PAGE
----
Prime Minister Enda Kenny told journalists last week that the country was regaining the trust of financial markets, after having sustained a string of austerity budgets and battling with high unemployment.
A week ago, Dublin successfully launched a five-year government bond auction for €2.5 billion with an interest rate of 3.3%. It was the first debt offering since Ireland was given a €85 billion package in 2010 to rescue its banks after the country’s property bubble burst.
Several waves of austerity measures since 2010 have crunched spending in healthcare, education, pensions and social welfare. Meanwhile, multinational firms attracted by Ireland’s low corporate tax (12.5%) have returned to invest in the country, pushing growth up by 0.5% last year.
“We are trading our way to recovery,” said Irish Deputy Prime Minister Eamon Gilmore, adding that an export-led recovery was the only sustainable way out of the crisis. The improvements in competitiveness, however, have been ineffective in creating enough jobs to reduce the very high unemployment rate, which holds steady at 14.6%.
“Economic recovery is essential if debt burdens are to be sustainable, if employment is to grow and if the decline in living standards is to be arrested. While recovery in 2013 is possible, there is no hard evidence that recovery is under way,” said Irish economist Colm McCarthy, adding that there is no broad-based recovery in the volume of exports.
So, even if growth prospects for 2013 and 2014 are good, forecast at 1.1 and 2.2% respectively, much of the budget deficit - 8% of GDP - and public debt - about 120% of GDP - are structural and will not be eliminated with economic recovery.
Kenny is confident that his country can emerge from its EU-IMF bailout programme before the end of the year and hopes an agreement can be found on allowing the eurozone bailout fund to recapitalise banks directly, rather than use taxpayers money and increase countries’ debt.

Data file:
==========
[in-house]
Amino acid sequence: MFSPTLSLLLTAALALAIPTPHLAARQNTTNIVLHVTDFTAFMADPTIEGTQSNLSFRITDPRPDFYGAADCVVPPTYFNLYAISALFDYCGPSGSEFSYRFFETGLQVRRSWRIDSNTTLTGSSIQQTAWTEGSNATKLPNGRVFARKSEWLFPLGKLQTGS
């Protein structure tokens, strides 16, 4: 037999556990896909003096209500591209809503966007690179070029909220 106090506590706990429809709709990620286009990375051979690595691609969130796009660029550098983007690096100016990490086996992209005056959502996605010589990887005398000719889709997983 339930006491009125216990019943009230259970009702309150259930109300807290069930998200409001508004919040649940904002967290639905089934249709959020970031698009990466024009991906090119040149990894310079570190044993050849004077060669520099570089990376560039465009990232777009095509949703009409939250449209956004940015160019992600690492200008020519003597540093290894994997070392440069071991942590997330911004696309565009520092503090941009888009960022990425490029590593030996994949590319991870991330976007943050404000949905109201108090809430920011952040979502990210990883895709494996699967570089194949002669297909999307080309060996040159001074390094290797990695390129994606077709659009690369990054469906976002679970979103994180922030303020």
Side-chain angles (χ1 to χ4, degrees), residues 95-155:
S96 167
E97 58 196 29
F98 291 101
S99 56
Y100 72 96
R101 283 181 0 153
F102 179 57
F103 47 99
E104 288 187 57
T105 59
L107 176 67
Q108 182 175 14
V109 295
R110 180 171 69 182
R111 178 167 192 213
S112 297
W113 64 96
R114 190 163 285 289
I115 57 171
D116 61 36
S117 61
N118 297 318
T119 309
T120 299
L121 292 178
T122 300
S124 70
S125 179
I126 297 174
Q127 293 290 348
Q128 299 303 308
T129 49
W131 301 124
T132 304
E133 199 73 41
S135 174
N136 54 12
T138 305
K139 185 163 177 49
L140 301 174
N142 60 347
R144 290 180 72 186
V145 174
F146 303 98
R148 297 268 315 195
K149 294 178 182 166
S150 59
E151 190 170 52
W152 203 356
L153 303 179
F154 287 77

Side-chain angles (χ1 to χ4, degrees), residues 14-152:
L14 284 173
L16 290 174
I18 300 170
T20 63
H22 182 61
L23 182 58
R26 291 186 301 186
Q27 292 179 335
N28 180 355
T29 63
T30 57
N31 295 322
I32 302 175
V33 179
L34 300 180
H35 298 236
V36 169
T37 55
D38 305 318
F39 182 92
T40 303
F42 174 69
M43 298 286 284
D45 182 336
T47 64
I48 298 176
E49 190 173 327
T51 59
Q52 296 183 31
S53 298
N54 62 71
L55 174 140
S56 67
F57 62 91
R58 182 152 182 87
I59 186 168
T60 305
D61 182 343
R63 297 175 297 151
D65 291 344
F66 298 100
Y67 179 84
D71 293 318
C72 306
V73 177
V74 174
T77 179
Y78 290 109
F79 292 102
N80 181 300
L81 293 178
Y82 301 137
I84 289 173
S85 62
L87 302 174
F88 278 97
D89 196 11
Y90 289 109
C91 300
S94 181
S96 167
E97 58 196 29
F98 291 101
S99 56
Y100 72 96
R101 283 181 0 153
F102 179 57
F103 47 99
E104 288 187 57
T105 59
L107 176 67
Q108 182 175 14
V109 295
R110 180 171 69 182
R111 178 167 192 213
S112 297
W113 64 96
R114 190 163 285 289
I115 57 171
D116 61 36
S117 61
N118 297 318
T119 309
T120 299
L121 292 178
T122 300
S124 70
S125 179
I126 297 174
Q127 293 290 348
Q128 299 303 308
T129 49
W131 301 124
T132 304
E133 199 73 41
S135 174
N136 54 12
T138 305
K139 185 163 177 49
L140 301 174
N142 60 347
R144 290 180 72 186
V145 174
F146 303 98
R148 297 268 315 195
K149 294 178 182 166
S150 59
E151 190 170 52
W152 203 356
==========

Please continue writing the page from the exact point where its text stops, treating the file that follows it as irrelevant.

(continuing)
“I am confident that we will secure a deal before the end of March, which is the payment date for the next €3 billion,” Kenny said.
The exit deal is indeed pending on the €3.1 billion interest repayment of the €31 billion promissory note loan, issued to save the Anglo-Irish Bank.
Dublin hopes that it can renegotiate some of its debt used to recapitalise its banks by allowing the European Stability Mechanism to take over some of its equity and break the link between sovereign and bank debt, which was agreed last June by EU leaders.
What happens without a bank debt deal?
But there are genuine fears within Irish government circles that no major progress will be achieved on bank debt before the German elections in September, which will make difficult to exit the bailout programme.
Ireland has fulfilled its part of the bargain as it sought the bailout to avoid contagion and would look for support committed to it from abroad, Kenny added.
That might put Irish banks in the position to need another bailout. Ireland’s creditors, the European Commission and the IMF, have indicated that the possibility that Irish banks may need further capital injections cannot be ruled out.
“Ireland’s recently regained access to market funding still faces some vulnerabilities,” said IMF and EU sources, singling out a further weakening in trading partners’ activity and a delay in the revival of banks’ lending capacity, needed to support the recovery.
Ireland, like other indebted countries, also depends on a sanguine bond market for sovereign lending.
“It is just six months since the eurozone almost came off the rails in a bond-market panic focused on Spain and Italy, and there are plenty of banana skins down the road which could spark a re-run,” McCarthy argued.
There is therefore no certainty that Ireland can emerge successfully from the programme, or that any country that does emerge might not need official lender support again at some stage in the future, the economist said.